• personalised care support to help families keep their relatives at home if that is their preferred place to die

• primary care link nurses working in the two local hospitals to help identify patients who want to go home to die, with a full package of support to enable this to happen.

The developed clinical pathways were written up and clinical key performance indicators (KPIs) developed and included in the specification. These KPIs included:

• all patients who have a care plan to co-design their bespoke patient care/ management plans with professionals

• all carers to be offered a referral for a carers' assessment

• the rapid-response service clinical (home) visit to be undertaken within 60 minutes of the time the call is received from the co-ordination centre.

Other performance KPIs were taken from the Carson Standards already nationally available, for example:

• all calls must be answered within 60 seconds

• no more than 0.1% of calls engaged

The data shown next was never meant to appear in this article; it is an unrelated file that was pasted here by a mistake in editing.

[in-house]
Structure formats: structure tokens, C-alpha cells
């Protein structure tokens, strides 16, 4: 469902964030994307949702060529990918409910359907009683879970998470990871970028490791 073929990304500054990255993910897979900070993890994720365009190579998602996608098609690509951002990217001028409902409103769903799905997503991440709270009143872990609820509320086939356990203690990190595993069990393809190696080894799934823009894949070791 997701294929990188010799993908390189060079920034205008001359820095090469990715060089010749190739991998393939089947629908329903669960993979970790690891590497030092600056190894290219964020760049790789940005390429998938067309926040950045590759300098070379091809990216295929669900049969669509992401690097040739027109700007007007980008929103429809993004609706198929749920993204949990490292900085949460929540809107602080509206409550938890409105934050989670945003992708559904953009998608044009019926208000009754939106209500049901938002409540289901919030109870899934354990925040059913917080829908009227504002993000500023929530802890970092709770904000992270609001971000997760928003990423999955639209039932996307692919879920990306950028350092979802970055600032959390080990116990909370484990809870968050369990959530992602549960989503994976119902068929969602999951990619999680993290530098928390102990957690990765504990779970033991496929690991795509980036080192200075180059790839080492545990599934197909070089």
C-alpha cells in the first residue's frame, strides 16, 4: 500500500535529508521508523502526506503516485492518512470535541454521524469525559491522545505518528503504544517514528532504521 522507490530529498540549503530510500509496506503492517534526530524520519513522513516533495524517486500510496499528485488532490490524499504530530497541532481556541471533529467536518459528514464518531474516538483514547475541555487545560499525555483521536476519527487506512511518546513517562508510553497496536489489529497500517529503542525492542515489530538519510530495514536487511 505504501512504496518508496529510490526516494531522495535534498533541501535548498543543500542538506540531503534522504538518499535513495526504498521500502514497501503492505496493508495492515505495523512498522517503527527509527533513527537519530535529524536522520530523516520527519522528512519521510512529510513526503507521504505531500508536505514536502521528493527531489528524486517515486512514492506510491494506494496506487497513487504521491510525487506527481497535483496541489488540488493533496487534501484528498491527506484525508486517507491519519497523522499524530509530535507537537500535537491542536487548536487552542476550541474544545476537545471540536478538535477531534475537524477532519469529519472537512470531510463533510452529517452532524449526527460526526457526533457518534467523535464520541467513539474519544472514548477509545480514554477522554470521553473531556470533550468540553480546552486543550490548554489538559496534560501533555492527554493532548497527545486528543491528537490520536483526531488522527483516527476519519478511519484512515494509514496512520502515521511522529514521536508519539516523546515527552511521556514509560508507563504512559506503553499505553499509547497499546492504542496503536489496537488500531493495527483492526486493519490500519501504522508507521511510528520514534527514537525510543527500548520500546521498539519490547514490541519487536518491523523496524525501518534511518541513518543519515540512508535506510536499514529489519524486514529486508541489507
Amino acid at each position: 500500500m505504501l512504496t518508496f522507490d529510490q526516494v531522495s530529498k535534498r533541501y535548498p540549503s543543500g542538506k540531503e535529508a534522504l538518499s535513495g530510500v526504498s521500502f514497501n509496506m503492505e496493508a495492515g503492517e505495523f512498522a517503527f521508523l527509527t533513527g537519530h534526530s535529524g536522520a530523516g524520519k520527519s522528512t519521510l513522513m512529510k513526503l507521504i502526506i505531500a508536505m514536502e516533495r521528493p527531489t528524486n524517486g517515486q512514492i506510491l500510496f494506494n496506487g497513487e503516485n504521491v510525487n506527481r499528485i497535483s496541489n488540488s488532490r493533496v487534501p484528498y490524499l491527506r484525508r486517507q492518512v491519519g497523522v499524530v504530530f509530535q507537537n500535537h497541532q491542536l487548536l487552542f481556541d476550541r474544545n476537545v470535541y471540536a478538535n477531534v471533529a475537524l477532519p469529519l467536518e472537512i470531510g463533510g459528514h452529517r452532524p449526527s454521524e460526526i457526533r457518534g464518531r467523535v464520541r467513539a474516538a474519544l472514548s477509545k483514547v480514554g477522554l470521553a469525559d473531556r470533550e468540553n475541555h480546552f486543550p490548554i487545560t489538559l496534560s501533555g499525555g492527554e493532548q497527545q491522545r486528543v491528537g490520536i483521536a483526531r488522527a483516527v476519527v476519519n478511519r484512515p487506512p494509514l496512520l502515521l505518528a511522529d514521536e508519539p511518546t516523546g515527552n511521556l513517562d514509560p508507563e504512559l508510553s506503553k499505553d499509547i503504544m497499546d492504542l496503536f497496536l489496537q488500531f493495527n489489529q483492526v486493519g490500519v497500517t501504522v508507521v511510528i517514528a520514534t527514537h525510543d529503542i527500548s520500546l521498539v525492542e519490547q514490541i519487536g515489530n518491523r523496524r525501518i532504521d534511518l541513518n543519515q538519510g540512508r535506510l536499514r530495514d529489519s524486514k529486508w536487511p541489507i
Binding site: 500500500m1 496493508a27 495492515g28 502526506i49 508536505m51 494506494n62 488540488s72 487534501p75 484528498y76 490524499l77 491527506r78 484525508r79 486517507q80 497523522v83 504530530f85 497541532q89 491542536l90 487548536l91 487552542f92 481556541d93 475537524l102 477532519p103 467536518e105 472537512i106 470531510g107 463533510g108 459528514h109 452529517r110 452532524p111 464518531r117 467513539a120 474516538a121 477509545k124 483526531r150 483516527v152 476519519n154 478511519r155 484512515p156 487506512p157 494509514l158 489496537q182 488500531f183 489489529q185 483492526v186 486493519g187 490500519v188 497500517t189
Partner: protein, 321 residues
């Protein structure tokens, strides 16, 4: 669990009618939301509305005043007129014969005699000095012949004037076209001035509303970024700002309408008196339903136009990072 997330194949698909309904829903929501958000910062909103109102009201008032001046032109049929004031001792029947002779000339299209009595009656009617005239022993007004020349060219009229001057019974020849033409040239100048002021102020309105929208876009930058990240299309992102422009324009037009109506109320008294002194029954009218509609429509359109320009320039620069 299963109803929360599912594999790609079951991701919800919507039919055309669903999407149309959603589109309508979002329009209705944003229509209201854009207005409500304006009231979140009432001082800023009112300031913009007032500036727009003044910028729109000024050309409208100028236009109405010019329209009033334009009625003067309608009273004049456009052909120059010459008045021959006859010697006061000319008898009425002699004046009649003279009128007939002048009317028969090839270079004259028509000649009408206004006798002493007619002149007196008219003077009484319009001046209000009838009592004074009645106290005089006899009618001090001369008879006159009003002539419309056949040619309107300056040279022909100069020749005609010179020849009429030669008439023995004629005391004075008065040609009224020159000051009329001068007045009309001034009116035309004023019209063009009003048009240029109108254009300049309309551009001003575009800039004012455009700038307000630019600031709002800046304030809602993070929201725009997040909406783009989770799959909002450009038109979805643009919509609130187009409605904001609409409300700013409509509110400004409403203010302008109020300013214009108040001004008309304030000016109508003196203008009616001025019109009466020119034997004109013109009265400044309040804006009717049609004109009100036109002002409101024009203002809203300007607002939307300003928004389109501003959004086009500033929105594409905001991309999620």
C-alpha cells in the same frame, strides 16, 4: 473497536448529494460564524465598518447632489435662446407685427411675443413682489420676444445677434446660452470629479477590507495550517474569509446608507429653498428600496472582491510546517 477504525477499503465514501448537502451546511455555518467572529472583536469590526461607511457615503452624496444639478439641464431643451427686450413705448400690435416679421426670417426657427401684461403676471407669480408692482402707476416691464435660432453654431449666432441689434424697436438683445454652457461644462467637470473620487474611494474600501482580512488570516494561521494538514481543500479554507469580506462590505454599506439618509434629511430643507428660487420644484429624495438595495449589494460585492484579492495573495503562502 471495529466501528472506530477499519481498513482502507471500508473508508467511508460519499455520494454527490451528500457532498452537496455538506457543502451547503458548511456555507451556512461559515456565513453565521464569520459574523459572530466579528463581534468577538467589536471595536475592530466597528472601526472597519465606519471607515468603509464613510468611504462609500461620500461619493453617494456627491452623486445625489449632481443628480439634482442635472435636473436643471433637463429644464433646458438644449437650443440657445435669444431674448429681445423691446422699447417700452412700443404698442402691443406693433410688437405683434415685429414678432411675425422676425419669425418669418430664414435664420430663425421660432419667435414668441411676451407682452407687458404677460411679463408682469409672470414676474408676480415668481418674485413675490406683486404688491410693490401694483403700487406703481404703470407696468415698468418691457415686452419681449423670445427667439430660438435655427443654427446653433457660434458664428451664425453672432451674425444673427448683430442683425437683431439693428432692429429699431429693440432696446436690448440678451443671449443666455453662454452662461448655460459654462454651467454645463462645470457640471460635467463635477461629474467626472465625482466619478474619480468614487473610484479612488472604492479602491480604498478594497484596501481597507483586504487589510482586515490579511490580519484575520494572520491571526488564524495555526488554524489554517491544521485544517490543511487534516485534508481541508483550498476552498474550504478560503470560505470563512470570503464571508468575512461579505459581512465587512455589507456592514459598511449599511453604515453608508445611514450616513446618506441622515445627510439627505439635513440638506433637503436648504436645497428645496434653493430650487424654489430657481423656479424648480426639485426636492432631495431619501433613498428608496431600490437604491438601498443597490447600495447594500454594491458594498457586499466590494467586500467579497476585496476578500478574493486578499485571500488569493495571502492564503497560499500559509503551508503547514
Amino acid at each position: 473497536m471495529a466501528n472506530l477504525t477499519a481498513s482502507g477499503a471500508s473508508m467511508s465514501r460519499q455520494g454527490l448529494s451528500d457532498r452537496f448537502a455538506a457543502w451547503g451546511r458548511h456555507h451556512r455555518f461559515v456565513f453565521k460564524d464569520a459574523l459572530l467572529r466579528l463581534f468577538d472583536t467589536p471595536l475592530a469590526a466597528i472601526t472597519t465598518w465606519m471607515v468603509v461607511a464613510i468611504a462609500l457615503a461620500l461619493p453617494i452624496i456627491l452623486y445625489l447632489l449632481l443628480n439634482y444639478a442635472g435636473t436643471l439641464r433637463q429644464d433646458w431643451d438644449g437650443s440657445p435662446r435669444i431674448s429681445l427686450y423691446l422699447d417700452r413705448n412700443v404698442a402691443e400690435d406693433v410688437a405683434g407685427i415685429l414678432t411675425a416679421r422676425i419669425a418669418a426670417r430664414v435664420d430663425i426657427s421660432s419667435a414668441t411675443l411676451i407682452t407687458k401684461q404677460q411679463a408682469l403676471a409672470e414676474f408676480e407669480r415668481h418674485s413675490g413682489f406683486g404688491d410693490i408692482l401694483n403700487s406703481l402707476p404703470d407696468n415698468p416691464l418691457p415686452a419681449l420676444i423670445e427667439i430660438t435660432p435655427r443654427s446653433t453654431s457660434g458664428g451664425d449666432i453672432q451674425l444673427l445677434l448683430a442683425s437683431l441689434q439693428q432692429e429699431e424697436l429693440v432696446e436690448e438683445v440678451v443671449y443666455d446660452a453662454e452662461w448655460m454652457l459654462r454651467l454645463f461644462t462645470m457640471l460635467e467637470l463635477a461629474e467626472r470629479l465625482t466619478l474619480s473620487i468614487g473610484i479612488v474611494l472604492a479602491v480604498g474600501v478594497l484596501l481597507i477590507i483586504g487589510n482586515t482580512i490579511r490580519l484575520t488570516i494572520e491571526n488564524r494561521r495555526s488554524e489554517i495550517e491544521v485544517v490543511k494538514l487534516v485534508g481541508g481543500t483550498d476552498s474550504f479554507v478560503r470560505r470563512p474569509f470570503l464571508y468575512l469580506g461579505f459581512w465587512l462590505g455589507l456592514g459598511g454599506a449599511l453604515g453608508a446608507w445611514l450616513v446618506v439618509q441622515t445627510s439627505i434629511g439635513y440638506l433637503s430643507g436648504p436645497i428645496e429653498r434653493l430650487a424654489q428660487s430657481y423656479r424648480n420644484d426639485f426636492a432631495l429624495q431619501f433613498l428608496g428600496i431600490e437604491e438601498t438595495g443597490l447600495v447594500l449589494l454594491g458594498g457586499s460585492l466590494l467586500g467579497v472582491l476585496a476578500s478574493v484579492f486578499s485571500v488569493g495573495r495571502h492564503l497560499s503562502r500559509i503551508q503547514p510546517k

• no more than 5% of calls abandoned.

However, we felt it was vital to ensure that clinical quality was being measured and not just the process. For example, outcomes needed to be measured such as the percentage of patients with a care plan documenting their preferred place of death and the type of interventions carried out to support patients to stay at home.

Procuring the services

• Due to the complexity of procurement rules, it is best to get support for the technical process including advertising through the national procurement website:

• As lead clinician, I was directly involved in the assessment and scoring of the bids at the invitation-to-tender stage. This involved designing crib sheets based on the requirements in the specification, including what we would expect best practice to look like so we could assess objectively against the specification.

• The scoring of the bids is time consuming and took us five full days spread over a month.

• I was also a member of the interview panel where I led on clinical areas of questioning and challenge with a second GP colleague from Nene Commissioning.